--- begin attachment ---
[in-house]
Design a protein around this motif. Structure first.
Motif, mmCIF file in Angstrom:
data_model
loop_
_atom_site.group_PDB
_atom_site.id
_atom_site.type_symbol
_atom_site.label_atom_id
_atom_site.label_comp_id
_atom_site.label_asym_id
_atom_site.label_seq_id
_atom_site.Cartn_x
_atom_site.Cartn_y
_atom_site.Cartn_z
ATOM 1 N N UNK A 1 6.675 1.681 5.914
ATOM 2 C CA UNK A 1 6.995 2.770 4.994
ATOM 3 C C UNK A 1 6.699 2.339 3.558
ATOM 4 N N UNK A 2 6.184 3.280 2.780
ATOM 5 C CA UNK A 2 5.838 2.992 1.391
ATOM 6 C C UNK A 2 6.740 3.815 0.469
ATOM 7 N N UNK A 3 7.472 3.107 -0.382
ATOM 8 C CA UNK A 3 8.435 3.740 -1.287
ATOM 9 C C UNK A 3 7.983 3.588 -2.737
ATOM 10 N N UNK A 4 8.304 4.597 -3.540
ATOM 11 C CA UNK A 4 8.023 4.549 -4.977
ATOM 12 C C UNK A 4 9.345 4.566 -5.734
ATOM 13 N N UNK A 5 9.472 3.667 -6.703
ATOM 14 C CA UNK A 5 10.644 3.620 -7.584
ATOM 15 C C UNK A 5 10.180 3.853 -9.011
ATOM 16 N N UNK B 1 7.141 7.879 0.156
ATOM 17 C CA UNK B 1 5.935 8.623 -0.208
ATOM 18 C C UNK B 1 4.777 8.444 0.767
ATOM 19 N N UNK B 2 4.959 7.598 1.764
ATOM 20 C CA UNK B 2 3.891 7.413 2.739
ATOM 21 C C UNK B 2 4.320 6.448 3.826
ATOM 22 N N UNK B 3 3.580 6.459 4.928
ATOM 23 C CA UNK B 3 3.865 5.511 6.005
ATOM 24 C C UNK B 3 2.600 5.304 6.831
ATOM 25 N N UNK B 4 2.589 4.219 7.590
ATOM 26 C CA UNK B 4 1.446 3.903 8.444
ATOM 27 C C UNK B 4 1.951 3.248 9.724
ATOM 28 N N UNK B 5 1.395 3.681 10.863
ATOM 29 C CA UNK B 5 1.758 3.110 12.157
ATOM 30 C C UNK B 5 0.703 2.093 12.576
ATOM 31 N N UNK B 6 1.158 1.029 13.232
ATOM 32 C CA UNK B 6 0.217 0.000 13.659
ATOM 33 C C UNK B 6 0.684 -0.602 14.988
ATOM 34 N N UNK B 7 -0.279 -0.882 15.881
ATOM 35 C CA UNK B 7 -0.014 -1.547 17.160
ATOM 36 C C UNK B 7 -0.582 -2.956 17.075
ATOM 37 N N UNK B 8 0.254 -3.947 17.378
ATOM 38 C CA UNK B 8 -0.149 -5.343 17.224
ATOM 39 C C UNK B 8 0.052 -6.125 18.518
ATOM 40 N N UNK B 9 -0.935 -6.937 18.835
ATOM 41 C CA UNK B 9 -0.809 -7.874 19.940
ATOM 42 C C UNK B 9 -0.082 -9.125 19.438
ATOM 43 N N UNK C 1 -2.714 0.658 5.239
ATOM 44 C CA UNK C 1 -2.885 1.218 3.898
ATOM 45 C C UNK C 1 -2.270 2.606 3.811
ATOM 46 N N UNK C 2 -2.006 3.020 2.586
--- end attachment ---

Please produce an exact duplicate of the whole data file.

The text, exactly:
[in-house]
Design a protein around this motif. Structure first.
Motif, mmCIF file in Angstrom:
data_model
loop_
_atom_site.group_PDB
_atom_site.id
_atom_site.type_symbol
_atom_site.label_atom_id
_atom_site.label_comp_id
_atom_site.label_asym_id
_atom_site.label_seq_id
_atom_site.Cartn_x
_atom_site.Cartn_y
_atom_site.Cartn_z
ATOM 1 N N UNK A 1 6.675 1.681 5.914
ATOM 2 C CA UNK A 1 6.995 2.770 4.994
ATOM 3 C C UNK A 1 6.699 2.339 3.558
ATOM 4 N N UNK A 2 6.184 3.280 2.780
ATOM 5 C CA UNK A 2 5.838 2.992 1.391
ATOM 6 C C UNK A 2 6.740 3.815 0.469
ATOM 7 N N UNK A 3 7.472 3.107 -0.382
ATOM 8 C CA UNK A 3 8.435 3.740 -1.287
ATOM 9 C C UNK A 3 7.983 3.588 -2.737
ATOM 10 N N UNK A 4 8.304 4.597 -3.540
ATOM 11 C CA UNK A 4 8.023 4.549 -4.977
ATOM 12 C C UNK A 4 9.345 4.566 -5.734
ATOM 13 N N UNK A 5 9.472 3.667 -6.703
ATOM 14 C CA UNK A 5 10.644 3.620 -7.584
ATOM 15 C C UNK A 5 10.180 3.853 -9.011
ATOM 16 N N UNK B 1 7.141 7.879 0.156
ATOM 17 C CA UNK B 1 5.935 8.623 -0.208
ATOM 18 C C UNK B 1 4.777 8.444 0.767
ATOM 19 N N UNK B 2 4.959 7.598 1.764
ATOM 20 C CA UNK B 2 3.891 7.413 2.739
ATOM 21 C C UNK B 2 4.320 6.448 3.826
ATOM 22 N N UNK B 3 3.580 6.459 4.928
ATOM 23 C CA UNK B 3 3.865 5.511 6.005
ATOM 24 C C UNK B 3 2.600 5.304 6.831
ATOM 25 N N UNK B 4 2.589 4.219 7.590
ATOM 26 C CA UNK B 4 1.446 3.903 8.444
ATOM 27 C C UNK B 4 1.951 3.248 9.724
ATOM 28 N N UNK B 5 1.395 3.681 10.863
ATOM 29 C CA UNK B 5 1.758 3.110 12.157
ATOM 30 C C UNK B 5 0.703 2.093 12.576
ATOM 31 N N UNK B 6 1.158 1.029 13.232
ATOM 32 C CA UNK B 6 0.217 0.000 13.659
ATOM 33 C C UNK B 6 0.684 -0.602 14.988
ATOM 34 N N UNK B 7 -0.279 -0.882 15.881
ATOM 35 C CA UNK B 7 -0.014 -1.547 17.160
ATOM 36 C C UNK B 7 -0.582 -2.956 17.075
ATOM 37 N N UNK B 8 0.254 -3.947 17.378
ATOM 38 C CA UNK B 8 -0.149 -5.343 17.224
ATOM 39 C C UNK B 8 0.052 -6.125 18.518
ATOM 40 N N UNK B 9 -0.935 -6.937 18.835
ATOM 41 C CA UNK B 9 -0.809 -7.874 19.940
ATOM 42 C C UNK B 9 -0.082 -9.125 19.438
ATOM 43 N N UNK C 1 -2.714 0.658 5.239
ATOM 44 C CA UNK C 1 -2.885 1.218 3.898
ATOM 45 C C UNK C 1 -2.270 2.606 3.811
ATOM 46 N N UNK C 2 -2.006 3.020 2.586